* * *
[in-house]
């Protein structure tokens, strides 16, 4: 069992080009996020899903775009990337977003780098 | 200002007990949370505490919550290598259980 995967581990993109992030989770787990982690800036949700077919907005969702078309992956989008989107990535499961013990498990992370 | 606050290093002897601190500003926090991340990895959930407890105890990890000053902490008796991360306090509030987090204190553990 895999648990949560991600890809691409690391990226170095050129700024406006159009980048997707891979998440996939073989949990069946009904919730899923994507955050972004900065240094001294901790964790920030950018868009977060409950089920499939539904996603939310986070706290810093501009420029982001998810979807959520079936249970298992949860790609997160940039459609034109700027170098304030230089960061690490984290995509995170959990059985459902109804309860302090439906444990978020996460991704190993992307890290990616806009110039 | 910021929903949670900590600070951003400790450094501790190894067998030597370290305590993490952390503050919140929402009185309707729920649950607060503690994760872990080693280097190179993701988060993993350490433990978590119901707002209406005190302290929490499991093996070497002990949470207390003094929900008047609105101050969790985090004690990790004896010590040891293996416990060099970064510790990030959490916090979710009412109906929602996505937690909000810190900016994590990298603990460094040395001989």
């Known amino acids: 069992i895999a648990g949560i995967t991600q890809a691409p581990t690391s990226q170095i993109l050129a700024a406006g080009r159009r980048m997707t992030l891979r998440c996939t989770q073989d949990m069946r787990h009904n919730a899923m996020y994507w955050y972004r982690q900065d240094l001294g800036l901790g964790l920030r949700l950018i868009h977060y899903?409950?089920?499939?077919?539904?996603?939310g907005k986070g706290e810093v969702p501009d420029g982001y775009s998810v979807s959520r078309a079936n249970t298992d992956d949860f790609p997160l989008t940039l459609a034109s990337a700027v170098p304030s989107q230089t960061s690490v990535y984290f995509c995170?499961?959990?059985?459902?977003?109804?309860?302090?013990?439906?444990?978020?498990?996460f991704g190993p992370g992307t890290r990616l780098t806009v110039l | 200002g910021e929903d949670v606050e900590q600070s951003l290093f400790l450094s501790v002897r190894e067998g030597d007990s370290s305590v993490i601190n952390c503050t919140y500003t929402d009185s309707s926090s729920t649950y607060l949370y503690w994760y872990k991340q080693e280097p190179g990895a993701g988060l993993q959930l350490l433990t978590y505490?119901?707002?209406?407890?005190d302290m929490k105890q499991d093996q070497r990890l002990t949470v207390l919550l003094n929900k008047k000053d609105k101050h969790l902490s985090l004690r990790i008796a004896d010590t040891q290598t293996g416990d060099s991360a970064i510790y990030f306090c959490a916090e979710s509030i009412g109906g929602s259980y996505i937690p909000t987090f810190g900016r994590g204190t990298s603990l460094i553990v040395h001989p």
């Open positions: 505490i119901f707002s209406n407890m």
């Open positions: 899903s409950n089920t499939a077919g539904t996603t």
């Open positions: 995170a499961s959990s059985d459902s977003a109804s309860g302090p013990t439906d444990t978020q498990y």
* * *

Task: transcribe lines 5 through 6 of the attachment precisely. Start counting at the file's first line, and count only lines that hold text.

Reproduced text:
């Open positions: 899903s409950n089920t499939a077919g539904t996603t």
């Open positions: 995170a499961s959990s059985d459902s977003a109804s309860g302090p013990t439906d444990t978020q498990y």